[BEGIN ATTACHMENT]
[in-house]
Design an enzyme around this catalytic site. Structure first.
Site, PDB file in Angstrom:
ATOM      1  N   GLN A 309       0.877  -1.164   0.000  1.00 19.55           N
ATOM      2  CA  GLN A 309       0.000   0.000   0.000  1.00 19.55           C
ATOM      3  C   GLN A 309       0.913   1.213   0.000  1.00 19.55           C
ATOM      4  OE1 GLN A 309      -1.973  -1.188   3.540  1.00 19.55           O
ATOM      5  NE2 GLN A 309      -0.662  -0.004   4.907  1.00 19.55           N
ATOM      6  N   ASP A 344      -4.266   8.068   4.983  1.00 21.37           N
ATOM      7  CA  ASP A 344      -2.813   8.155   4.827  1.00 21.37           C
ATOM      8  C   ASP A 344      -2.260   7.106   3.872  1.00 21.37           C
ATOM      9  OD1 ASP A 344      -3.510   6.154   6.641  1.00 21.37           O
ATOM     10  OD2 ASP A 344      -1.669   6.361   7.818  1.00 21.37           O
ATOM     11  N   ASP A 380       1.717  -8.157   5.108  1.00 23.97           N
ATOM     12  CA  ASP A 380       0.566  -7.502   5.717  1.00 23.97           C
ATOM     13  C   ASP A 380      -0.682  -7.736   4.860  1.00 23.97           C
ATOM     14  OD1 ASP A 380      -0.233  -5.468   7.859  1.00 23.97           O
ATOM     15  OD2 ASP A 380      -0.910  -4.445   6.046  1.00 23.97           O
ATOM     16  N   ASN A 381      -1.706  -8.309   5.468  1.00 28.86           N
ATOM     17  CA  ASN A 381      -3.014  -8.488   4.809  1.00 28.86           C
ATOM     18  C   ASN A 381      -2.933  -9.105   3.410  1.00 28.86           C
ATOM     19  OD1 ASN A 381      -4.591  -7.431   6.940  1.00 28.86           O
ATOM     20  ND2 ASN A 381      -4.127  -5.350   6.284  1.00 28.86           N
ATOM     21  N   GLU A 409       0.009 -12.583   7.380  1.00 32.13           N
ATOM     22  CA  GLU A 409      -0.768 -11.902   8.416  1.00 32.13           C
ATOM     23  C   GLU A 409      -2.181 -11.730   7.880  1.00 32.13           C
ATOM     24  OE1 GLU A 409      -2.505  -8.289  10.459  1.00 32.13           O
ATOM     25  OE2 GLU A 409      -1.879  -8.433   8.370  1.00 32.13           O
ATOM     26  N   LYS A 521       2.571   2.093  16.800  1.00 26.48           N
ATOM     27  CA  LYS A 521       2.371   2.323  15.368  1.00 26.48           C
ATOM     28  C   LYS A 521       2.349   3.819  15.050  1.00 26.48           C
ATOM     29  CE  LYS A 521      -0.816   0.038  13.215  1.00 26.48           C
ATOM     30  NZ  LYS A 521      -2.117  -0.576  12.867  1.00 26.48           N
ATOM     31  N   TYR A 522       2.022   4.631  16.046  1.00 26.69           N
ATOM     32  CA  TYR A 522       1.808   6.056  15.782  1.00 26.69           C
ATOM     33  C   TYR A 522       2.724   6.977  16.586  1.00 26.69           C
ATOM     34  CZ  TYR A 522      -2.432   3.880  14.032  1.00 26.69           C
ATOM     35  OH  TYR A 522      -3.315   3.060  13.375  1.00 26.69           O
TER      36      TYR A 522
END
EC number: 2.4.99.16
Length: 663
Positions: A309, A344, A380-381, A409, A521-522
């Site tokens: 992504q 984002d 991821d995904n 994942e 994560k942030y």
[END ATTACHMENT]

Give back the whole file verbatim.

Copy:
[in-house]
Design an enzyme around this catalytic site. Structure first.
Site, PDB file in Angstrom:
ATOM      1  N   GLN A 309       0.877  -1.164   0.000  1.00 19.55           N
ATOM      2  CA  GLN A 309       0.000   0.000   0.000  1.00 19.55           C
ATOM      3  C   GLN A 309       0.913   1.213   0.000  1.00 19.55           C
ATOM      4  OE1 GLN A 309      -1.973  -1.188   3.540  1.00 19.55           O
ATOM      5  NE2 GLN A 309      -0.662  -0.004   4.907  1.00 19.55           N
ATOM      6  N   ASP A 344      -4.266   8.068   4.983  1.00 21.37           N
ATOM      7  CA  ASP A 344      -2.813   8.155   4.827  1.00 21.37           C
ATOM      8  C   ASP A 344      -2.260   7.106   3.872  1.00 21.37           C
ATOM      9  OD1 ASP A 344      -3.510   6.154   6.641  1.00 21.37           O
ATOM     10  OD2 ASP A 344      -1.669   6.361   7.818  1.00 21.37           O
ATOM     11  N   ASP A 380       1.717  -8.157   5.108  1.00 23.97           N
ATOM     12  CA  ASP A 380       0.566  -7.502   5.717  1.00 23.97           C
ATOM     13  C   ASP A 380      -0.682  -7.736   4.860  1.00 23.97           C
ATOM     14  OD1 ASP A 380      -0.233  -5.468   7.859  1.00 23.97           O
ATOM     15  OD2 ASP A 380      -0.910  -4.445   6.046  1.00 23.97           O
ATOM     16  N   ASN A 381      -1.706  -8.309   5.468  1.00 28.86           N
ATOM     17  CA  ASN A 381      -3.014  -8.488   4.809  1.00 28.86           C
ATOM     18  C   ASN A 381      -2.933  -9.105   3.410  1.00 28.86           C
ATOM     19  OD1 ASN A 381      -4.591  -7.431   6.940  1.00 28.86           O
ATOM     20  ND2 ASN A 381      -4.127  -5.350   6.284  1.00 28.86           N
ATOM     21  N   GLU A 409       0.009 -12.583   7.380  1.00 32.13           N
ATOM     22  CA  GLU A 409      -0.768 -11.902   8.416  1.00 32.13           C
ATOM     23  C   GLU A 409      -2.181 -11.730   7.880  1.00 32.13           C
ATOM     24  OE1 GLU A 409      -2.505  -8.289  10.459  1.00 32.13           O
ATOM     25  OE2 GLU A 409      -1.879  -8.433   8.370  1.00 32.13           O
ATOM     26  N   LYS A 521       2.571   2.093  16.800  1.00 26.48           N
ATOM     27  CA  LYS A 521       2.371   2.323  15.368  1.00 26.48           C
ATOM     28  C   LYS A 521       2.349   3.819  15.050  1.00 26.48           C
ATOM     29  CE  LYS A 521      -0.816   0.038  13.215  1.00 26.48           C
ATOM     30  NZ  LYS A 521      -2.117  -0.576  12.867  1.00 26.48           N
ATOM     31  N   TYR A 522       2.022   4.631  16.046  1.00 26.69           N
ATOM     32  CA  TYR A 522       1.808   6.056  15.782  1.00 26.69           C
ATOM     33  C   TYR A 522       2.724   6.977  16.586  1.00 26.69           C
ATOM     34  CZ  TYR A 522      -2.432   3.880  14.032  1.00 26.69           C
ATOM     35  OH  TYR A 522      -3.315   3.060  13.375  1.00 26.69           O
TER      36      TYR A 522
END
EC number: 2.4.99.16
Length: 663
Positions: A309, A344, A380-381, A409, A521-522
């Site tokens: 992504q 984002d 991821d995904n 994942e 994560k942030y």